In addition to the eight lease modifications described above, lessees may seek to simply terminate their leases. By returning an entire leased asset early, and terminating the entire lease, a company can eliminate the cash flows associated with that lease. Full lease terminations are generally accounted for as early terminations of the lease.

The early return of a portion of a leased asset, such as one floor of a building or a certain model of vehicle within a fleet lease, reduces the lessee’s outflows of cash. Like the other types of lease modifications, partial lease terminations are generally accounted for as a deal modification requiring a remeasurement of the remaining lease liability and ROU asset using the most recent and appropriate IBR. A gain or loss may be generated for the lessee due to the early termination of a portion of the lease, as the lease’s original accounting entry assumed a longer holding period for the asset than what actually came to be.

 

Looking Forward

Lease accounting will become increasingly complicated and transaction-heavy as the full impact of Covid-19 on the world economy becomes apparent. Deals are already changing rapidly, estimates are being revised, renegotiations are ongoing, and consolidations and retrenchments are happening. Marc Holliday, the chairman and CEO of SL Green Realty Corp., a large real estate investment trust (REIT), recently stated that more than 60 percent of retailers are not currently paying for their rental space.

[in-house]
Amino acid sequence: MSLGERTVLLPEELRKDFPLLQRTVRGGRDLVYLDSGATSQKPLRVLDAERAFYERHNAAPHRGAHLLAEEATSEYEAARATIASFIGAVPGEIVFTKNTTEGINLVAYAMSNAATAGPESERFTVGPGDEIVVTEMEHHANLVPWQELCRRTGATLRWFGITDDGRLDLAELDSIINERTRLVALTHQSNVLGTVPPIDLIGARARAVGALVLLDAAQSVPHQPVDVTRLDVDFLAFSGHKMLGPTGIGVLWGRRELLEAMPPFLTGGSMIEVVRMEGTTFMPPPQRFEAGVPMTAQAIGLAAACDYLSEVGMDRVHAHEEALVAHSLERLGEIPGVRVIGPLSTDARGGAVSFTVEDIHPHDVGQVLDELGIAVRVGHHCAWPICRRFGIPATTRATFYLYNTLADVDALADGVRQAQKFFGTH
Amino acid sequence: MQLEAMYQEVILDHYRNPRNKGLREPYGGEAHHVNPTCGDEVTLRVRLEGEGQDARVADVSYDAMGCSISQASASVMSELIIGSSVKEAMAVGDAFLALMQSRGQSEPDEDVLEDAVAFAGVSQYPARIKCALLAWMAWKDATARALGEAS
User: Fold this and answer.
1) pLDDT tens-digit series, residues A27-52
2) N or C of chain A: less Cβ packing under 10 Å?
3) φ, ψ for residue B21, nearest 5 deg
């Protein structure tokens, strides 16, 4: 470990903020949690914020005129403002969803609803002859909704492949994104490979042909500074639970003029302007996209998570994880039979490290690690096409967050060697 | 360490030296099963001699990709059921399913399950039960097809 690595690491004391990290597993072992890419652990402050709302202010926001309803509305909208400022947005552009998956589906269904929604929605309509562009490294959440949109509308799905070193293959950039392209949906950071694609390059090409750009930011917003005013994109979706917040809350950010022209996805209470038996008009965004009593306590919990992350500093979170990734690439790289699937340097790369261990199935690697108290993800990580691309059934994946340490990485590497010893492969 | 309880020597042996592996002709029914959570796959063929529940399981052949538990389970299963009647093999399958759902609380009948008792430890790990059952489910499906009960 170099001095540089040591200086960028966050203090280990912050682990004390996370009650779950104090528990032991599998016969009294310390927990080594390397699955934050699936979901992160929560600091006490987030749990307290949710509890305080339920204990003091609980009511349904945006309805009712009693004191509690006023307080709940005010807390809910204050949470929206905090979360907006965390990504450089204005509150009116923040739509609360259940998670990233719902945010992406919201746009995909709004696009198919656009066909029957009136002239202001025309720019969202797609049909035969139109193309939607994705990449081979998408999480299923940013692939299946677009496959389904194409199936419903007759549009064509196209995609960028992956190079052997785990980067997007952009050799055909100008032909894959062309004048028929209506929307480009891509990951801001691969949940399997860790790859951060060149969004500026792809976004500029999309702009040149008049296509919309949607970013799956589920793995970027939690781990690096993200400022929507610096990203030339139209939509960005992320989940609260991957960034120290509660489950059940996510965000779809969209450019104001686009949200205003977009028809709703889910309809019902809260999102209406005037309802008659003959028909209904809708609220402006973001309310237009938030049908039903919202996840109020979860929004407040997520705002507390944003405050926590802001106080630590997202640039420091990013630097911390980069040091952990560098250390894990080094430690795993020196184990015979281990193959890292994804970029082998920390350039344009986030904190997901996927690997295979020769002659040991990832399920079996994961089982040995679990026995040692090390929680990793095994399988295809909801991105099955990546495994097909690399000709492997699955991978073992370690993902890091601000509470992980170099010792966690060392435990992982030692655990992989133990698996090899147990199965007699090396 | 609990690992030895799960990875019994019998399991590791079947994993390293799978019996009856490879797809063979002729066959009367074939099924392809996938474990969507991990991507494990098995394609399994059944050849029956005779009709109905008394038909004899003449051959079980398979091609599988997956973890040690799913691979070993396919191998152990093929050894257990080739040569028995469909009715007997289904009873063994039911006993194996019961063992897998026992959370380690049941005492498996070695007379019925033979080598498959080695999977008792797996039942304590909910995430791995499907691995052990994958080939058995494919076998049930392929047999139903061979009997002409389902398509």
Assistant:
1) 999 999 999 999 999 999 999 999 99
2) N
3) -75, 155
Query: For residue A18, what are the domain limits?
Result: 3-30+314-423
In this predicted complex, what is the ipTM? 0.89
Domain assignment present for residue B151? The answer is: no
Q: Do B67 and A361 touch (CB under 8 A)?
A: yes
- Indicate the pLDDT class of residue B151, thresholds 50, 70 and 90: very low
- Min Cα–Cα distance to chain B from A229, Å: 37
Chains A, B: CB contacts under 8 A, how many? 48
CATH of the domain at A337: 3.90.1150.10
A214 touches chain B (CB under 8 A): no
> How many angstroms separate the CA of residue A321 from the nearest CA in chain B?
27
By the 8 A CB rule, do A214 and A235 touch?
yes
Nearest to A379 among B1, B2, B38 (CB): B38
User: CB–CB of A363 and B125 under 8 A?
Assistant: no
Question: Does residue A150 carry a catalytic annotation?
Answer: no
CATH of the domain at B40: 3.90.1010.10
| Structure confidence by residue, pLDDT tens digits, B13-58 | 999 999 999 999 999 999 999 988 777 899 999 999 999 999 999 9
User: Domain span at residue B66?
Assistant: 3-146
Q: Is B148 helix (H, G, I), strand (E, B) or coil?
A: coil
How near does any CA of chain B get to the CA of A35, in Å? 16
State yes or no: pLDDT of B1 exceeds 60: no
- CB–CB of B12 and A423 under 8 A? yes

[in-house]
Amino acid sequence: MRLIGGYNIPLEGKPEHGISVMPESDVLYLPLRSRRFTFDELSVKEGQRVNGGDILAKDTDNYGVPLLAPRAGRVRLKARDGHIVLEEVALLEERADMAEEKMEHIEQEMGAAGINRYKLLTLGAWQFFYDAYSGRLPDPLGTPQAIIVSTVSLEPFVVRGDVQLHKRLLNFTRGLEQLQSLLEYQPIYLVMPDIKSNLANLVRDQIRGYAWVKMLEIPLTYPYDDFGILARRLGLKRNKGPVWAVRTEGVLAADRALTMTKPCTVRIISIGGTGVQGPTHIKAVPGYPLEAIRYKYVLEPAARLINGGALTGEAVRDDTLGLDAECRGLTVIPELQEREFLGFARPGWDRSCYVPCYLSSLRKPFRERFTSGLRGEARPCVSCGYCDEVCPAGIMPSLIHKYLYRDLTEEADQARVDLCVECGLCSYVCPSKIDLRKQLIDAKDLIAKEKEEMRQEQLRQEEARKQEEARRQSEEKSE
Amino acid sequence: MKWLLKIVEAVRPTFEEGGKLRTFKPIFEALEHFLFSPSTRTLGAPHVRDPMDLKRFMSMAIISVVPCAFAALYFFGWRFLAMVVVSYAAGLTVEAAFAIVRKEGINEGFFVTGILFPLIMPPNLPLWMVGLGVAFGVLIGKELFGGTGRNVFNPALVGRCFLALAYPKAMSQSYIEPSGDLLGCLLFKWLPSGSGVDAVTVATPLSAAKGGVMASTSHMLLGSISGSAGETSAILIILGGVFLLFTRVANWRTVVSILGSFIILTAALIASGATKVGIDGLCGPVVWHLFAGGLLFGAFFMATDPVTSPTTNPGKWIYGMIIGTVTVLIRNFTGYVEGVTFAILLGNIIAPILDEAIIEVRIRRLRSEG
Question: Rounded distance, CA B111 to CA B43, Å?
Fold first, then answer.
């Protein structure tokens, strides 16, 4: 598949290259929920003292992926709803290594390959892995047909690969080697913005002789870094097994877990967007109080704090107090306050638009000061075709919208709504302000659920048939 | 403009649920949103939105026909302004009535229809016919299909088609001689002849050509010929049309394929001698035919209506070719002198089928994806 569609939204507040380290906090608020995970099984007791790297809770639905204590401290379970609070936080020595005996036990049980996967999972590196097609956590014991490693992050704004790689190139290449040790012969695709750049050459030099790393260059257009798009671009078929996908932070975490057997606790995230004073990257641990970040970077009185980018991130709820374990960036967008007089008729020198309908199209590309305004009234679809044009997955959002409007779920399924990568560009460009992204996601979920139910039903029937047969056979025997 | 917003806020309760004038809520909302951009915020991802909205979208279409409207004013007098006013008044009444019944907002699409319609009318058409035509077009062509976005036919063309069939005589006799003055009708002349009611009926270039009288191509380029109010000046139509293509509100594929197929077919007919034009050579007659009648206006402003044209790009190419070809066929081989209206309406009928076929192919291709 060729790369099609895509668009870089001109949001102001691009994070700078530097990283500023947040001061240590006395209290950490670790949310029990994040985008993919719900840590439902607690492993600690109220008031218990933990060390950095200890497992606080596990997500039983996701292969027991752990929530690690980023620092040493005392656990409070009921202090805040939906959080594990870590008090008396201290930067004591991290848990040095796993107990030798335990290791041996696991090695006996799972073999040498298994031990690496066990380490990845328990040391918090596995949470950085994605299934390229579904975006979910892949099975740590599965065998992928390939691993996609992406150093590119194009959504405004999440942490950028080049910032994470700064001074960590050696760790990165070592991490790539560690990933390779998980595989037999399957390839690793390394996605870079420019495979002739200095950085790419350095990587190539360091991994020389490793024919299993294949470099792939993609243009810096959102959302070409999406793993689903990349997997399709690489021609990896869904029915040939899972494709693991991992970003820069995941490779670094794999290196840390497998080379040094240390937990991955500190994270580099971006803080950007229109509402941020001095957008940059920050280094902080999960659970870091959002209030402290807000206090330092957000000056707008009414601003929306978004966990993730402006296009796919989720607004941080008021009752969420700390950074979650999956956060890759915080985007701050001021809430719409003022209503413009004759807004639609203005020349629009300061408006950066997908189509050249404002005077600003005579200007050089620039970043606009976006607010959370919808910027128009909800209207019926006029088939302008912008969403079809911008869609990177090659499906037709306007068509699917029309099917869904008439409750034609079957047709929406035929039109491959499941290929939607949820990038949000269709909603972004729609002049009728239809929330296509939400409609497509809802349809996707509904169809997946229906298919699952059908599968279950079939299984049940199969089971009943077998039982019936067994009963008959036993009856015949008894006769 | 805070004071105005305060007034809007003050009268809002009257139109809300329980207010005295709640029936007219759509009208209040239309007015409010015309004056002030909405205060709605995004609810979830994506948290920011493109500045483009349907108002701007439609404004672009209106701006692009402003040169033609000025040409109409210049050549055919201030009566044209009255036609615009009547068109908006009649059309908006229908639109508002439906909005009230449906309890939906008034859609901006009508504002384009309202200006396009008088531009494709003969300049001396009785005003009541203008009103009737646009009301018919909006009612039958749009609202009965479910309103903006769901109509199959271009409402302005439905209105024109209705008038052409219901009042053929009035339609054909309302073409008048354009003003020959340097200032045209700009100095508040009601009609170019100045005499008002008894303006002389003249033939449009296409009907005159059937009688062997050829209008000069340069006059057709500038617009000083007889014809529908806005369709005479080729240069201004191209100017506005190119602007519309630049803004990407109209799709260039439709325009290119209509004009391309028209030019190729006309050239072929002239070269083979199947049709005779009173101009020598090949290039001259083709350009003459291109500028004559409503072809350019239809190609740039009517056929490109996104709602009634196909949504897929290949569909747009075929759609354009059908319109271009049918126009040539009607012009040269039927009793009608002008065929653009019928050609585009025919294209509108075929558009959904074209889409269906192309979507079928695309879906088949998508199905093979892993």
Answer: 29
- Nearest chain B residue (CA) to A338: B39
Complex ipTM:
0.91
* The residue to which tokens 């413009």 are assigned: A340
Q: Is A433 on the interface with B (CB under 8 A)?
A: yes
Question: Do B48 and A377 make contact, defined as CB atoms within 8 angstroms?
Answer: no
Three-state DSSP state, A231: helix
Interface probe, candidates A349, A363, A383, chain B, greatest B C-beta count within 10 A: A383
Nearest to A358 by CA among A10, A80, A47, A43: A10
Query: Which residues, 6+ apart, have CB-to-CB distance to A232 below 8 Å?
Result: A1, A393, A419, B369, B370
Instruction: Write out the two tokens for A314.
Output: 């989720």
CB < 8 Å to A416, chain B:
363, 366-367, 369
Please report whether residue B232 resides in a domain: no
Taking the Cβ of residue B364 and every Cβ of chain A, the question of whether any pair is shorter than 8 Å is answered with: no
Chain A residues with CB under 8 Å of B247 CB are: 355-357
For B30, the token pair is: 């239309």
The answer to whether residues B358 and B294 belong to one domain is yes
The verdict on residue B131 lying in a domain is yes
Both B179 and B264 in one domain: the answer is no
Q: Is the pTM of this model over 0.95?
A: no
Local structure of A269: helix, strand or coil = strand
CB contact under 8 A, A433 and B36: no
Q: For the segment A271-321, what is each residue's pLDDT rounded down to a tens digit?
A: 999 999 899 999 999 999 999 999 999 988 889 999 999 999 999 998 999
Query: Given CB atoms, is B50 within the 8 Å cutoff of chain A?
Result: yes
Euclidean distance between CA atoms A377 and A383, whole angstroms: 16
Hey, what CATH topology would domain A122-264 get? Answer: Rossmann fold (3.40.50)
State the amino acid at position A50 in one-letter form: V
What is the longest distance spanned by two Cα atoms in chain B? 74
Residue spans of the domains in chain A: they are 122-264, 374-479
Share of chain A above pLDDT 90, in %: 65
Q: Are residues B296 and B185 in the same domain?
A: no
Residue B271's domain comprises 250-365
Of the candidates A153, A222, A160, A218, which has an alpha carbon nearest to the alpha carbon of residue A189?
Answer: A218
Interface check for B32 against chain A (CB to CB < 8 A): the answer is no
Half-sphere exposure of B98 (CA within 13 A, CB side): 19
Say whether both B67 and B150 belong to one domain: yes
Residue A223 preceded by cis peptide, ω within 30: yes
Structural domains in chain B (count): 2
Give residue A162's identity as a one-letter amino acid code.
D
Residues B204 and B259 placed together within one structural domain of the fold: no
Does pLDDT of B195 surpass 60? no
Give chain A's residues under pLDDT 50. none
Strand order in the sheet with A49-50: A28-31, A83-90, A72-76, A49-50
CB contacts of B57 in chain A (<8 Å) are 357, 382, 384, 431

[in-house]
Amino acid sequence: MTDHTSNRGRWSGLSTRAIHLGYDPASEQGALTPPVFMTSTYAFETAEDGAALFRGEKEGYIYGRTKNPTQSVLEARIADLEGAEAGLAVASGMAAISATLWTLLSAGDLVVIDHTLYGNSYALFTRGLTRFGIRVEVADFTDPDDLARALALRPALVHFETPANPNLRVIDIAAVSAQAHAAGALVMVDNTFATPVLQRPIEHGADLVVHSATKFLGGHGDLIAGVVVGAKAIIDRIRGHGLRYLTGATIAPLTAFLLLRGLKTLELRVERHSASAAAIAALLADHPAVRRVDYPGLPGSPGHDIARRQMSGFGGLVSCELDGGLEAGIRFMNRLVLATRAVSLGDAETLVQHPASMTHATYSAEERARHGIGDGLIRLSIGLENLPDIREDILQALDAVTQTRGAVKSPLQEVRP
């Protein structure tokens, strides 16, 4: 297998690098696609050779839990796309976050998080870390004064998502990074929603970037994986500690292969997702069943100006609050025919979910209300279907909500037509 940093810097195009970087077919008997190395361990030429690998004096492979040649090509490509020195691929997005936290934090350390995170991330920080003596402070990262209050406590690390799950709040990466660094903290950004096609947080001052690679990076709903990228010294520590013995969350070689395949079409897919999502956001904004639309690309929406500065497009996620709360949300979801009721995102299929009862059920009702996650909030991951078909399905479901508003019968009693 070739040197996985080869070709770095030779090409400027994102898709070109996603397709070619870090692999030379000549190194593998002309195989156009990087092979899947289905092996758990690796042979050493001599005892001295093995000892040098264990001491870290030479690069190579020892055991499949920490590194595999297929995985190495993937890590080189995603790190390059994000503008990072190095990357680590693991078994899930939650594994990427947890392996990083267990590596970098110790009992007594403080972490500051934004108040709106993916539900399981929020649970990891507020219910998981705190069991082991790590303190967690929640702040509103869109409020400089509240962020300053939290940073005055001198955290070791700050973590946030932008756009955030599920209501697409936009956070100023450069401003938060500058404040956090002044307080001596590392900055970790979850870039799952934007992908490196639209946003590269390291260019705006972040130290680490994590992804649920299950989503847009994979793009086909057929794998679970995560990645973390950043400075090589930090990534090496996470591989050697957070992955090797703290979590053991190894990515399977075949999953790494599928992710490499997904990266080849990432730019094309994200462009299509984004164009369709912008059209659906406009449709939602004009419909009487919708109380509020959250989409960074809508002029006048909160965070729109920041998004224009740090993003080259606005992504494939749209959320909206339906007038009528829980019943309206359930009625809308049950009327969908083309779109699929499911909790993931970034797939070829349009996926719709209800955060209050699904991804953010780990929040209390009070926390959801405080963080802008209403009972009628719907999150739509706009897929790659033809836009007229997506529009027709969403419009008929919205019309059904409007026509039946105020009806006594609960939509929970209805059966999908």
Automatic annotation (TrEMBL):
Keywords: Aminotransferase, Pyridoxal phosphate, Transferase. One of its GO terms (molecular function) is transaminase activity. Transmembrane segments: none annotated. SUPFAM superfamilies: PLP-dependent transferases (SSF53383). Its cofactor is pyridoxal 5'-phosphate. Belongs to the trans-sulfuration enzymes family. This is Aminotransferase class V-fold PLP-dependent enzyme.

Businesses tackling the added complexity and velocity of changes to lease portfolios and revised estimates, including impairments of the carrying value of leased assets, will ultimately require robust lease accounting subject matter expertise for compliance with accounting standards and corporate policy. External advisers can provide guidance to the controllership, treasury, financial planning and analysis (FP&A), procurement, legal, and other functions, as well as to the business.

 


See also:


 

It is also important for finance teams to find processes and technologies that remove some of the human intervention in lease management. Automating routine processes can free up treasury and finance staff to spend more time on analysis, as well as creating a repeatable result for each new lease or lease modification.

In the current business environment, where cash is king, every entity that needs a new capital asset should look at a lease-vs.-buy scenario to determine the best way to finance it. Leasing provides a well-established method of using other people’s money to obtain needed assets—a longstanding arrow in a treasurer’s quiver for enhancing cash flow. And as leases come up for renewal and extension, lessees can negotiate with the lessors to reduce their payments for non-real estate assets. After all, the lease on a used asset should cost less than when the asset was new.

 


Len Neuhaus, CPA, is vice president of lease accounting at LeaseAccelerator. He has been a CFO and COO of publicly held, privately owned, and private equity and venture-backed entities, primarily in the financial and professional services, real estate and construction, and aviation industries. Prior to joining LeaseAccelerator, Neuhaus led the global implementation of the new leasing standard (ASC 842) and the revenue recognition standard (ASC 606) for a Fortune 500 entity.